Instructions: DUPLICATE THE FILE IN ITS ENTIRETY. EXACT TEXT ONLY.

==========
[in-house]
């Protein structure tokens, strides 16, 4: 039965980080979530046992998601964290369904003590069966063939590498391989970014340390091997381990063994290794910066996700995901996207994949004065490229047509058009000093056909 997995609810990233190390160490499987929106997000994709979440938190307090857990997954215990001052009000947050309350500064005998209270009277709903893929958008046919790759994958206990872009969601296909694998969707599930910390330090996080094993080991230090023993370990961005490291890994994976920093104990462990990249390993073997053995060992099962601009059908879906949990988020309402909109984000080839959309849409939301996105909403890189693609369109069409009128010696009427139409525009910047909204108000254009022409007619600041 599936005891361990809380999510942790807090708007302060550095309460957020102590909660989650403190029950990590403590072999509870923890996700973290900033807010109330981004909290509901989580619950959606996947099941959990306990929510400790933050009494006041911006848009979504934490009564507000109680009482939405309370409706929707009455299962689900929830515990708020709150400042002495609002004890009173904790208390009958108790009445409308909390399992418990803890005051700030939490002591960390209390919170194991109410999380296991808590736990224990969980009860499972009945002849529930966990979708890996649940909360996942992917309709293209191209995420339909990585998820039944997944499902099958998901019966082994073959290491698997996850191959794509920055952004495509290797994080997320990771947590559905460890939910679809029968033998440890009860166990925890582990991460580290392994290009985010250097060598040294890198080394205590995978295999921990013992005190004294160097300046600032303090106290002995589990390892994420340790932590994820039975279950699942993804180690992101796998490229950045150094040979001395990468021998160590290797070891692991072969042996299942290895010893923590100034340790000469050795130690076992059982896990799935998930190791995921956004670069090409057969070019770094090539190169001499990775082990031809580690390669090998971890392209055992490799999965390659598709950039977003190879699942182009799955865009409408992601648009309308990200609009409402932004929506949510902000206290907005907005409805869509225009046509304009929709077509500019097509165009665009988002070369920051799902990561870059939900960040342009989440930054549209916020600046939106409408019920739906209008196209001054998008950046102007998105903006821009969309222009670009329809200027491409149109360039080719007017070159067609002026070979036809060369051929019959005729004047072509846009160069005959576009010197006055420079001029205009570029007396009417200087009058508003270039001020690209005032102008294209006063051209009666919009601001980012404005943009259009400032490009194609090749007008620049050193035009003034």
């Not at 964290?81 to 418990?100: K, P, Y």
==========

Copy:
[in-house]
């Protein structure tokens, strides 16, 4: 039965980080979530046992998601964290369904003590069966063939590498391989970014340390091997381990063994290794910066996700995901996207994949004065490229047509058009000093056909 997995609810990233190390160490499987929106997000994709979440938190307090857990997954215990001052009000947050309350500064005998209270009277709903893929958008046919790759994958206990872009969601296909694998969707599930910390330090996080094993080991230090023993370990961005490291890994994976920093104990462990990249390993073997053995060992099962601009059908879906949990988020309402909109984000080839959309849409939301996105909403890189693609369109069409009128010696009427139409525009910047909204108000254009022409007619600041 599936005891361990809380999510942790807090708007302060550095309460957020102590909660989650403190029950990590403590072999509870923890996700973290900033807010109330981004909290509901989580619950959606996947099941959990306990929510400790933050009494006041911006848009979504934490009564507000109680009482939405309370409706929707009455299962689900929830515990708020709150400042002495609002004890009173904790208390009958108790009445409308909390399992418990803890005051700030939490002591960390209390919170194991109410999380296991808590736990224990969980009860499972009945002849529930966990979708890996649940909360996942992917309709293209191209995420339909990585998820039944997944499902099958998901019966082994073959290491698997996850191959794509920055952004495509290797994080997320990771947590559905460890939910679809029968033998440890009860166990925890582990991460580290392994290009985010250097060598040294890198080394205590995978295999921990013992005190004294160097300046600032303090106290002995589990390892994420340790932590994820039975279950699942993804180690992101796998490229950045150094040979001395990468021998160590290797070891692991072969042996299942290895010893923590100034340790000469050795130690076992059982896990799935998930190791995921956004670069090409057969070019770094090539190169001499990775082990031809580690390669090998971890392209055992490799999965390659598709950039977003190879699942182009799955865009409408992601648009309308990200609009409402932004929506949510902000206290907005907005409805869509225009046509304009929709077509500019097509165009665009988002070369920051799902990561870059939900960040342009989440930054549209916020600046939106409408019920739906209008196209001054998008950046102007998105903006821009969309222009670009329809200027491409149109360039080719007017070159067609002026070979036809060369051929019959005729004047072509846009160069005959576009010197006055420079001029205009570029007396009417200087009058508003270039001020690209005032102008294209006063051209009666919009601001980012404005943009259009400032490009194609090749007008620049050193035009003034």
């Not at 964290?81 to 418990?100: K, P, Y």